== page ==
"This case is about a religious radical: he imposes the burqa, he imposes the separation of men and women in his own home, and he refuses to shake the hands of women," he said.
Debate over burqa
On Tuesday, Eric Besson, the immigration minister, said that during checks into the man's application, he had explicitly stated that he would never allow his wife to leave the house without wearing a full veil and that he believed a woman is "an inferior being".
The man's name and nationality have not been made public, but Le Figaro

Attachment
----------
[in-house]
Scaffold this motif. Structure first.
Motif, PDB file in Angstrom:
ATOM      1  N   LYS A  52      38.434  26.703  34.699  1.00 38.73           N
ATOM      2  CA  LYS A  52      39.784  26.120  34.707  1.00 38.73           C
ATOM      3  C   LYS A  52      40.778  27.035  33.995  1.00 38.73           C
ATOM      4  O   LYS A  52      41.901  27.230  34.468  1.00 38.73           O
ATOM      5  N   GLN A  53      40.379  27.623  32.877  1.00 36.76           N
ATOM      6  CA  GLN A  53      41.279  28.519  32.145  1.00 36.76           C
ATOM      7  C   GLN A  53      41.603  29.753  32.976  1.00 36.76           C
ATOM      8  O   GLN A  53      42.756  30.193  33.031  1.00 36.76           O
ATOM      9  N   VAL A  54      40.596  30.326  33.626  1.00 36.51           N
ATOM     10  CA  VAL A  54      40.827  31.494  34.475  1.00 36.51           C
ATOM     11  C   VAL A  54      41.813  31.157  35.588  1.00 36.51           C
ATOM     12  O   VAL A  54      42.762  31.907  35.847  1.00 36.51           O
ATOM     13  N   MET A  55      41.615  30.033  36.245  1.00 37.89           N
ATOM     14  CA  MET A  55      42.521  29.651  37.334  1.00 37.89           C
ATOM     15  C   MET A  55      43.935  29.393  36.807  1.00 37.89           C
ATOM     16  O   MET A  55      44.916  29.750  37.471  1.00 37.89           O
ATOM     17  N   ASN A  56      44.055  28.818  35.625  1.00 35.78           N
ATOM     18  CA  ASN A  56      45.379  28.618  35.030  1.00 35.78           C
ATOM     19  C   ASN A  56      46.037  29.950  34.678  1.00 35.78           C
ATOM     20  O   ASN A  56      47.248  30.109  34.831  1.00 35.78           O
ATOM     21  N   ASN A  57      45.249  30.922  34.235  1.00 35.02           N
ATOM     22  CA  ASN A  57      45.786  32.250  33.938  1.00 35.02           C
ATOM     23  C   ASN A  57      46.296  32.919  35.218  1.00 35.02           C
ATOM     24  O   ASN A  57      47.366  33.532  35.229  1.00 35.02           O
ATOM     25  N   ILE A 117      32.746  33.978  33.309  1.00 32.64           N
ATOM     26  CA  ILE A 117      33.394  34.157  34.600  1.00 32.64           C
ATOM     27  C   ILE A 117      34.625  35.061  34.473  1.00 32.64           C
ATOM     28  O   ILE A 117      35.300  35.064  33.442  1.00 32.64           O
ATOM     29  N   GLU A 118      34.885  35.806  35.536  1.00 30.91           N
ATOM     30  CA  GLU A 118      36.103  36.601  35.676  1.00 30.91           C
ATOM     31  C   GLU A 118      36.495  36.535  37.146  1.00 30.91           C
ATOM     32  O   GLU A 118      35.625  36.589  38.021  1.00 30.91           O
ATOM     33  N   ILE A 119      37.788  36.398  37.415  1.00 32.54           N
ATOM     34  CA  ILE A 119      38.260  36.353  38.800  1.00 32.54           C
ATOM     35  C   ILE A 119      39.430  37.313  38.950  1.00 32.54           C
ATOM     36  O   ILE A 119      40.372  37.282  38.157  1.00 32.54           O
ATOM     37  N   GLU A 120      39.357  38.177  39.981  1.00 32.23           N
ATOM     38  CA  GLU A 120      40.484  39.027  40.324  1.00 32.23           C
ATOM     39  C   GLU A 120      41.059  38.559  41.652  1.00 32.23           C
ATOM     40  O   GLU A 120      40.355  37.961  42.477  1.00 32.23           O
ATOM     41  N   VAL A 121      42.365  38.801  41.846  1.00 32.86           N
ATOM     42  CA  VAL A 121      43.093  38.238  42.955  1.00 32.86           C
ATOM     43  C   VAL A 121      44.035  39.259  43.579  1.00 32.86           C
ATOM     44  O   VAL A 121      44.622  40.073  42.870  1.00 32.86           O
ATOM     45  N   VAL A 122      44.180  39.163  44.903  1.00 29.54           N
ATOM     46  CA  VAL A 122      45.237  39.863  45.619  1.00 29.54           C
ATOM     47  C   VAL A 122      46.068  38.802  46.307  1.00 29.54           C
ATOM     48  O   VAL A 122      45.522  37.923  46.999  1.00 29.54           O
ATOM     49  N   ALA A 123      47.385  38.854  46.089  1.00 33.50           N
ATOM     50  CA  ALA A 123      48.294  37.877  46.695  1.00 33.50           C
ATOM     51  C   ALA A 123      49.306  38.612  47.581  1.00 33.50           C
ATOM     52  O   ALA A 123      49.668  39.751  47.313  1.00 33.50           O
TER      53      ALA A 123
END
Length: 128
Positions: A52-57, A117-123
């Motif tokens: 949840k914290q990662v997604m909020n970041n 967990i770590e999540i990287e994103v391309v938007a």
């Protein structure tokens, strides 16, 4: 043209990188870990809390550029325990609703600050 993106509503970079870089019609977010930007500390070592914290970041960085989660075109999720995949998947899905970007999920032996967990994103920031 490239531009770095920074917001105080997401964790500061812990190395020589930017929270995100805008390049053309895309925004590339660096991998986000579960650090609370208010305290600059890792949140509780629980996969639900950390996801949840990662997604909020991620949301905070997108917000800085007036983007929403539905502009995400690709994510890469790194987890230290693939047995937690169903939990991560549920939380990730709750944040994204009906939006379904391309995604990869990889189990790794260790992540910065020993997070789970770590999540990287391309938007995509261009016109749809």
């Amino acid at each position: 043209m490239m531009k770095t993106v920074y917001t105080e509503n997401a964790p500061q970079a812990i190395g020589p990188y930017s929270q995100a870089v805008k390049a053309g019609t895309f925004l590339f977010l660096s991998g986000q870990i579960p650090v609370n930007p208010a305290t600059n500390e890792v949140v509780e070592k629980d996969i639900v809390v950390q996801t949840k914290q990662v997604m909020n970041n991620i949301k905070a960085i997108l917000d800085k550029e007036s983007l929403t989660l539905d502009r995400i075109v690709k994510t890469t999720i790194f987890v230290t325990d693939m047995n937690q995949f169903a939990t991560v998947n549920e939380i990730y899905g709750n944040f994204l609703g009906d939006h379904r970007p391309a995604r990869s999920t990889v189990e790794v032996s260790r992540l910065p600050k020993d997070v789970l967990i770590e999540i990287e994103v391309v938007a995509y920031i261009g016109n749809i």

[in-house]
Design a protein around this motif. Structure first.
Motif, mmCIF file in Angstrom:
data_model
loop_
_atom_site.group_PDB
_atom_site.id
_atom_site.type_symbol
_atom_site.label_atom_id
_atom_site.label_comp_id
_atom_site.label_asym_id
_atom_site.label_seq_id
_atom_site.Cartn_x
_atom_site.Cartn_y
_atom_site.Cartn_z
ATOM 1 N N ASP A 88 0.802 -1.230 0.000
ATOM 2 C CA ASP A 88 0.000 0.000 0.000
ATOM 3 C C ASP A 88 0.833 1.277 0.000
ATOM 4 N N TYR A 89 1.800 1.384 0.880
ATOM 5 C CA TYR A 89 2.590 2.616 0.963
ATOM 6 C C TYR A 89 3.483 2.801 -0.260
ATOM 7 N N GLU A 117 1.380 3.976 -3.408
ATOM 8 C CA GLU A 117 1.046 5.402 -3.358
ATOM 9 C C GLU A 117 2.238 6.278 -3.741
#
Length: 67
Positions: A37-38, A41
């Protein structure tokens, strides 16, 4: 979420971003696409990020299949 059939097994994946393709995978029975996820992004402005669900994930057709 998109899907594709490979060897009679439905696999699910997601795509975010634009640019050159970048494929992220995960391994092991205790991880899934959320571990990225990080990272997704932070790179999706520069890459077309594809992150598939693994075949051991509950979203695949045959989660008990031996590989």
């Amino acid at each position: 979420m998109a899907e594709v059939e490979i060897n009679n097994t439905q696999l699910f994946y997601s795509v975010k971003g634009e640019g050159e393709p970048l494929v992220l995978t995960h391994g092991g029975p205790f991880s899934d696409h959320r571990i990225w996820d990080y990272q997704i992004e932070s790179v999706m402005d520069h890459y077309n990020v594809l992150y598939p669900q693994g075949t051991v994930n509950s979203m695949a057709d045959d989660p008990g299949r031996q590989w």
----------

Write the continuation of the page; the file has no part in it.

newspaper said he came from Morocco and requires French citizenship to settle in France with his wife.
Fillon has said the man's wife, who is French, could continue to wear the full-veil if she chooses, pending legislation.
The French government is seeking legal advice before drafting legislation that would outlaw the burqa or niqab in as many areas as possible.
The debate over whether full Islamic veils should be banned has raged in France since Nicolas Sarkozy, the president, said the burqa was "not welcome".
There are concerns such moves would stigmatise the country's Muslim population of around six million people.
Of those, only around 1,900 women wear the niqab or burqa.
On Monday the French Catholic Church warned the government against banning the veils, saying France must respect the rights of its Muslims if it wanted Islamic countries to do the same for their Christian minorities.